Opponents of health insurance reform continue to spread myths, including peddling the bogus notion that the health reform bill is “socialism” and a “government takeover of health care.” The fact is the reform legislation builds on our existing private health insurance system--with its key components drawn from both Republican and Democratic reform ideas--and provides the largest health care tax cut in American history.
MYTH: Democrats' health insurance reform plan is socialism and a government takeover of health care.
FACTS: The Democrats' health insurance reform legislation expands private health insurance in America, and is based on increasing choice and competition -- providing for new marketplaces (called “Insurance Exchanges”) where the uninsured, small business employees, and the self-employed will be able to choose among a variety of private insurance plans.
Many will receive tax credits to help them afford the health plan they choose. Indeed, our plan has striking similarities to the plan put forward as the Republican alternative to the Clinton health care plan in November 1993.
- As President Obama has pointed out: “The idea of an exchange is not a government takeover; it is how the market works, which is if you have a lot of purchasing power you get a better deal. … We should be able to give small businesses and individuals who are self-employed, who aren't able to get insurance through a large employer, that same deal.”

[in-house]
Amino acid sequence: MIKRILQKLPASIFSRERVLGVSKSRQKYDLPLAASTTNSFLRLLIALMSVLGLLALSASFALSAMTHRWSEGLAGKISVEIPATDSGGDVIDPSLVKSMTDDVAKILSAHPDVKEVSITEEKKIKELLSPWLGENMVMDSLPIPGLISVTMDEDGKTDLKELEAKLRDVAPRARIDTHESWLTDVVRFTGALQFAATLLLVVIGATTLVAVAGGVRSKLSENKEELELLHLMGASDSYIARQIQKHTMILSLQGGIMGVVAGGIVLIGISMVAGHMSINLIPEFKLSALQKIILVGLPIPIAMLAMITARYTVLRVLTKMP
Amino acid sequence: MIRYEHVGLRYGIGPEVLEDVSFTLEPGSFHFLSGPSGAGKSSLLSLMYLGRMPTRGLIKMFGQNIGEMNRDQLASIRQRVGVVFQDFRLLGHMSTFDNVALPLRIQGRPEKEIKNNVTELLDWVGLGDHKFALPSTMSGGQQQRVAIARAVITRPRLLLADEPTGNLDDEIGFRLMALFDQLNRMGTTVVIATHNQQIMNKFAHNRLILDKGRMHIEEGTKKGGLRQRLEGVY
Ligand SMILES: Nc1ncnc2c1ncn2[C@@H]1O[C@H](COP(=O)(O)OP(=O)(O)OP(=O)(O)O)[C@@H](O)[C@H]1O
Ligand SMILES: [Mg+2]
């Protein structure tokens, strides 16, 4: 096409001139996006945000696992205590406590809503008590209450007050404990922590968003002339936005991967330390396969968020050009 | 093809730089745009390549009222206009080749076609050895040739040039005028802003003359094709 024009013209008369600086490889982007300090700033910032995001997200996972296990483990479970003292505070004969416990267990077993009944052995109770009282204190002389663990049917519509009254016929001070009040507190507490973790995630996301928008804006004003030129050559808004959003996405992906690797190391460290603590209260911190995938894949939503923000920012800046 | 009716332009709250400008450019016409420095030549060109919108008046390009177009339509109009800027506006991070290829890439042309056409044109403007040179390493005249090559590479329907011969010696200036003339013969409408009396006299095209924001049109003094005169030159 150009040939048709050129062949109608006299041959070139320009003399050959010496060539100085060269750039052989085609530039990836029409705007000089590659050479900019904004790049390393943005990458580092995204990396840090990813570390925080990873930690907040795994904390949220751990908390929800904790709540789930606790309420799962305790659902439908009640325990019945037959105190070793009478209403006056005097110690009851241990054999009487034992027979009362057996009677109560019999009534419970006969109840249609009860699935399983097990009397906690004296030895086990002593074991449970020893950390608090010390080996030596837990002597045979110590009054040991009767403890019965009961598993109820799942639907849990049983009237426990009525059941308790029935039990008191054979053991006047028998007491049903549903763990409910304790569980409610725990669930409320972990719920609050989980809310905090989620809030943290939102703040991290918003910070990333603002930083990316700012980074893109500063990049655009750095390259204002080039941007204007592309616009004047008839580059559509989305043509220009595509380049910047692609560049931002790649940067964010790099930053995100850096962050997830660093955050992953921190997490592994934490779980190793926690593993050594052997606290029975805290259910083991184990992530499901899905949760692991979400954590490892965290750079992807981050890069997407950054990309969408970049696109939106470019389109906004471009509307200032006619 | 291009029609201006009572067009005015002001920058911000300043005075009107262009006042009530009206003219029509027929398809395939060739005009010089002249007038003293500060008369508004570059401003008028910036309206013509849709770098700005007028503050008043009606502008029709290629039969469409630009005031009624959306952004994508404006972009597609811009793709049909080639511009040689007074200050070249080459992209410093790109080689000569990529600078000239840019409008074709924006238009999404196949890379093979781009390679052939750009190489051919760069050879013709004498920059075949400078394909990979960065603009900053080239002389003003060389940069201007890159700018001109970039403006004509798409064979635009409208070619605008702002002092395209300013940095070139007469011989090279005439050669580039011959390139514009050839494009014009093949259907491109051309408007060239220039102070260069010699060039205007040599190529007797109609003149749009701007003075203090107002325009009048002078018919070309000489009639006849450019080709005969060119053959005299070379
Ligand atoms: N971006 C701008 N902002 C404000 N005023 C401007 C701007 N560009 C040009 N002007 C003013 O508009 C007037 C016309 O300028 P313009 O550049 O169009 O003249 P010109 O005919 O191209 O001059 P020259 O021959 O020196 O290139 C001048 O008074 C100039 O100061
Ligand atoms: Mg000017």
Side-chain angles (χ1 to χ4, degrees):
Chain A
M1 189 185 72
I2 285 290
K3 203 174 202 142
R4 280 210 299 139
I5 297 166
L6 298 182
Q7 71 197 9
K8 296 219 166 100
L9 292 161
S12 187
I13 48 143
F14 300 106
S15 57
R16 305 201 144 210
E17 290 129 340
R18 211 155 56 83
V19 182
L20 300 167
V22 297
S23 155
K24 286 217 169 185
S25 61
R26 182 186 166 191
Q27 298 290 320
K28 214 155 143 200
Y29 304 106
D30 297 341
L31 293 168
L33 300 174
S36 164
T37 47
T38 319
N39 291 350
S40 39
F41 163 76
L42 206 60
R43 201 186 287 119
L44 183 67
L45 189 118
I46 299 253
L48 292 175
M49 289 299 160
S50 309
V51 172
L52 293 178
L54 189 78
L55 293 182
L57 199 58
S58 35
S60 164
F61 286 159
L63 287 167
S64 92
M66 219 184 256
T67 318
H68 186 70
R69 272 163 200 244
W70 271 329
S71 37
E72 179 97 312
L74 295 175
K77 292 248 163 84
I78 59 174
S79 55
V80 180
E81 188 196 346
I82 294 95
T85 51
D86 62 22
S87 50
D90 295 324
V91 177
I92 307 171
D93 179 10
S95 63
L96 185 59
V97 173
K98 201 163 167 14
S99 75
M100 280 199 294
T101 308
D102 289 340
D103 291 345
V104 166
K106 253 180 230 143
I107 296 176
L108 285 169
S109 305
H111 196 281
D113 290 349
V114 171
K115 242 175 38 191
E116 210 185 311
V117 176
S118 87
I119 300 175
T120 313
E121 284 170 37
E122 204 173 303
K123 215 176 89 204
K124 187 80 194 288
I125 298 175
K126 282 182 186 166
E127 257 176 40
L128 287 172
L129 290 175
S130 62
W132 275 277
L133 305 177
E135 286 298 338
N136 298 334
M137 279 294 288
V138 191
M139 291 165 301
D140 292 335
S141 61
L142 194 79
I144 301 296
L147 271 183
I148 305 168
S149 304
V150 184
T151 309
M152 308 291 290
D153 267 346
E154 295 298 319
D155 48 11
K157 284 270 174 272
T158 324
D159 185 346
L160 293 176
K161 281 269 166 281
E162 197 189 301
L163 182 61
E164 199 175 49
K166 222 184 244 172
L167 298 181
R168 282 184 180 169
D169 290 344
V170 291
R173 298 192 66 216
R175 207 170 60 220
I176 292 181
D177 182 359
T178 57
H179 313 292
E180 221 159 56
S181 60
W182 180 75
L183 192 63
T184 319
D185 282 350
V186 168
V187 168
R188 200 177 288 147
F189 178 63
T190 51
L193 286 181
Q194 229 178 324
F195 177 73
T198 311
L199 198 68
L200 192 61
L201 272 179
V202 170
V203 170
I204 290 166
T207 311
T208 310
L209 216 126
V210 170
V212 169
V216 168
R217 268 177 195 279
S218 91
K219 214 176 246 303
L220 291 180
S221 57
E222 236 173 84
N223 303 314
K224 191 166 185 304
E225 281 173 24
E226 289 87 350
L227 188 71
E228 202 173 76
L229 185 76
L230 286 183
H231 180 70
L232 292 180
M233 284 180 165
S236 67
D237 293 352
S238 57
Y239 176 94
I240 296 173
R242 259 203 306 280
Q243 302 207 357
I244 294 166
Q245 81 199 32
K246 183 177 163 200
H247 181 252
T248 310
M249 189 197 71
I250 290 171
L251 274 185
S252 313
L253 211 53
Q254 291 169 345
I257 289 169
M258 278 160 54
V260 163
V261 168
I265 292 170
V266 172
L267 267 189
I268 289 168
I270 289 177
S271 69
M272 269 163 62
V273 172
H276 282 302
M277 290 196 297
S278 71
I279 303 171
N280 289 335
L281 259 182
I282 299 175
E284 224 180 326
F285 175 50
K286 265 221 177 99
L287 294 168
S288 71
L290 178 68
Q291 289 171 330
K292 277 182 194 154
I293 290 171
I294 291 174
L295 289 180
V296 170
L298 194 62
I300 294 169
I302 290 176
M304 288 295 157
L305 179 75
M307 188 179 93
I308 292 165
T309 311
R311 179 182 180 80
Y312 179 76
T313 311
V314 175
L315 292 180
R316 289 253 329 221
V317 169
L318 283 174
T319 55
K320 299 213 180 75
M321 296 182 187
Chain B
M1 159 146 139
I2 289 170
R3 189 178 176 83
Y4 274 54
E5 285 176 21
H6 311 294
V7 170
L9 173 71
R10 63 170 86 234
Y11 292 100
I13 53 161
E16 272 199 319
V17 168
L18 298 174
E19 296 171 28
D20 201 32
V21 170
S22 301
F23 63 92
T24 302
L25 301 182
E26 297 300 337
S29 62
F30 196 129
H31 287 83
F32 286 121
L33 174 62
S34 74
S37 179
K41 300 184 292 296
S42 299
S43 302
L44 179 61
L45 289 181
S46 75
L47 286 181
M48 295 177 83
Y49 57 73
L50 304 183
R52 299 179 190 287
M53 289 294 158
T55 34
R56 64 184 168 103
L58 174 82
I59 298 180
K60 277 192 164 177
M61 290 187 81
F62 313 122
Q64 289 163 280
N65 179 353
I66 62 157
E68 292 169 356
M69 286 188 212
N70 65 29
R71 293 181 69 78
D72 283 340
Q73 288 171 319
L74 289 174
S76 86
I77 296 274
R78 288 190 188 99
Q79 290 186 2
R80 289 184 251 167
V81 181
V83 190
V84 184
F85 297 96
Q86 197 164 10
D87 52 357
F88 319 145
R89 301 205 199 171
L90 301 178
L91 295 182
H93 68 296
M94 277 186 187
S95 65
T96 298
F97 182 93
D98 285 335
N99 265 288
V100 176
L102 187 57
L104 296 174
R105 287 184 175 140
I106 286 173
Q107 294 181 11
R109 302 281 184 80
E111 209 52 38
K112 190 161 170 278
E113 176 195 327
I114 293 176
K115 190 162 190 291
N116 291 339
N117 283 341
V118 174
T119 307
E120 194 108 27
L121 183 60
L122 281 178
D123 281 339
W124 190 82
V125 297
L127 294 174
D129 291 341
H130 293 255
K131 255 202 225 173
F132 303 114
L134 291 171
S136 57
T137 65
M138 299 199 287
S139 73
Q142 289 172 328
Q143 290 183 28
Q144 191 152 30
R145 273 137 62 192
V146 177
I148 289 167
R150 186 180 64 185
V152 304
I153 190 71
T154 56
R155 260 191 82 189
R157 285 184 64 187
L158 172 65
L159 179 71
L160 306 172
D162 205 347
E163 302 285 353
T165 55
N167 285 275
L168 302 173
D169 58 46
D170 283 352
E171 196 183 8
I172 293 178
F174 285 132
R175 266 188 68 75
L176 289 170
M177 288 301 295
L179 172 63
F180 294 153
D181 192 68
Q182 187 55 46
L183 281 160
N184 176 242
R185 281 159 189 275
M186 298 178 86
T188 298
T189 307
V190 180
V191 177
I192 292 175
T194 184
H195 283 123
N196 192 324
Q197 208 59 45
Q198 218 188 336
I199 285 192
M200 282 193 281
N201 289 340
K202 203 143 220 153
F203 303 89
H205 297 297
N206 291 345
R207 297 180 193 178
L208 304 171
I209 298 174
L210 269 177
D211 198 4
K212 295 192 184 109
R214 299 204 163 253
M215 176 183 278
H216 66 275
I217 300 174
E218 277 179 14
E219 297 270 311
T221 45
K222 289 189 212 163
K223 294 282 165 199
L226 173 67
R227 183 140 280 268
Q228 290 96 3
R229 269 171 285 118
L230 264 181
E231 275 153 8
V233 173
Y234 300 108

- As Politics Daily columnist Jill Lawrence has pointed out, “Private insurance companies would not only survive under this bill, they would get millions of new customers. That doesn't sound like socialism.”
- The Congressional Budget Office estimates that there would be 24 million Americans obtaining their health insurance on an Insurance Exchange by 2019 - all of them enrolled in one of the private health insurance plans offered on the Exchanges.
- A central component of this reform plan is the largest health care tax cut in American history, providing families and small businesses tax credits that will enable them to be able to afford a private health insurance plan offered on an Exchange. Indeed, according to CBO, more than 50 percent of the plan's cost is for these tax credits.
- Our plan has striking similarities to the plan put forward as the major Republican alternative to the Clinton health plan in 1993 - S. 1770, Health Equity and Access Reform Act of 1993, introduced by Sen. John Chafee, Republican of Rhode Island. This GOP bill had many Republican co-sponsors, including Senators Bob Dole of Kansas, Orrin Hatch of Utah, and Robert Bennett of Utah. It had such common features with our proposal as calling for expanding health coverage by including a shared responsibility requirement for both individuals and employers, setting a minimum benefits package, and including measures to make the health care system more efficient. And now it's socialism?